Right, let's talk to Lynn. (And do ask her questions or make comments afterwards.)

Me: How and why did you do this crazy thing called publishing  -  and on your own?

I had run writing groups for many years and had often mulled over the possibility of helping women writers reach a wider audience. The final push came when 92 year old Marjorie Wilson, wearing pink and purple and with three pairs of glasses round her neck, joined our group and I discovered a rare, lyrical voice.  Her memoir of Edinburgh at the turn of the century had to be published. I set up The Linen Press and Childhood’s Hill was its first publication.
Me: I wouldn't know where to start. How did you know or how did you learn?
It has been a huge learning curve for me.  I naively thought publishing was about reading manuscripts and choosing beautifully crafted, thought-provoking books which would sell themselves.  My role model is The Women’s Press.  Remember those striped spines that used to have a stand of their own along with Virago?  As a new writer I worked with Kathy Gale, then MD, for seven years. She always called manuscripts ‘projects’ because she worked painstakingly with her authors until she was satisfied. That is how I work.  I take on a manuscript that shows promise but requires a lot more editing and re-drafting than any big publisher would offer. But the book world has changed and now I dare not take on a writer unless her book has a strong selling hook and unless she can help with the publicity and sales. Stephanie Taylor, author of The Devil The Device and Me, is currently giving readings, talks, and approaching shops so it’s very much a joint effort between publisher and writer.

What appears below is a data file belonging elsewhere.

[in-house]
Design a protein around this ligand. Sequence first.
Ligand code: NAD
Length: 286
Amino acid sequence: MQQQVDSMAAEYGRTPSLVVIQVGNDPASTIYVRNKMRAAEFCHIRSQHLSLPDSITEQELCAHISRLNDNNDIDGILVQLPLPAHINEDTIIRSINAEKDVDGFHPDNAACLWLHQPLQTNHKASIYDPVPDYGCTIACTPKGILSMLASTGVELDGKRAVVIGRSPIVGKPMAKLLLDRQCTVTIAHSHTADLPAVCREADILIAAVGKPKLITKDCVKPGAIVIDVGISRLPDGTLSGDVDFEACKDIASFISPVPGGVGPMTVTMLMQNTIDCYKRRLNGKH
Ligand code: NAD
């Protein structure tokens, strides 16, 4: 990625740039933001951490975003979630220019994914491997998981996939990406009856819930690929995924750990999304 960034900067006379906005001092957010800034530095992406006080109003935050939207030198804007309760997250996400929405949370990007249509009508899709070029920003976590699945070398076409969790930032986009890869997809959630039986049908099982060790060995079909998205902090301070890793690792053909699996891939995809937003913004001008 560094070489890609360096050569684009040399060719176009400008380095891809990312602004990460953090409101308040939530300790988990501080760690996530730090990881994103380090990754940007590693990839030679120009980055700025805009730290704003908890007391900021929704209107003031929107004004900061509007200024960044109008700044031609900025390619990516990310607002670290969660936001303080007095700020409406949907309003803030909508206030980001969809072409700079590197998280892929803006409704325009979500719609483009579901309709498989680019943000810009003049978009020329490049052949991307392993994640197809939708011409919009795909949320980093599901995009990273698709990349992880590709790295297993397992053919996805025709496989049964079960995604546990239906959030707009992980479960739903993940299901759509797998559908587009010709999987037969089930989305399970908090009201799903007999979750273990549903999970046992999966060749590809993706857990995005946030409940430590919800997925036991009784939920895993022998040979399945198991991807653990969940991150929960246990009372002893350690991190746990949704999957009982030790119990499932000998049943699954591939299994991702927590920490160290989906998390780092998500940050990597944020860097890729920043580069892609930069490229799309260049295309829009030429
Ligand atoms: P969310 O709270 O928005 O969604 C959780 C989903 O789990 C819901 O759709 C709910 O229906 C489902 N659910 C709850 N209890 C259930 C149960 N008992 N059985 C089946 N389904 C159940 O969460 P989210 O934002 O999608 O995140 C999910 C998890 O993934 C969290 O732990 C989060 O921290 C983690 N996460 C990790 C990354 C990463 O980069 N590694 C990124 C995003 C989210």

Me: What about the money side? People seem to think that publishers roll away with loads of profit. Can you spill the beans??
The financial challenge for a small publisher is formidable.  Let me give you some figures:

 - One book costs £4 to produce because I do small runs of 1000. I refuse to compromise on quality and I use environmentally friendly paper and ink.

 - I charge £10 a copy

 - Amazon takes 60% and I pay £1.75 to replace the book. If you do the sums, that's £6 for Amazon, plus £1.75 p&p, and the £4 production costs, so I am actually paying Amazon £1.75 for every book they sell. If readers ordered from my website I would make £6. [Good God  -  sorry, I can't help interrupting. That's horrible.]

- The big book stores charge me 50% mark up get a book onto one of those tables where people stop and browse. If I sell a copy, I make £1.
Me: if you're passionate about publishing, and you're certainly not going to get rich on it, you must have clear ideas about how to direct that passion. How do you decide what to publish?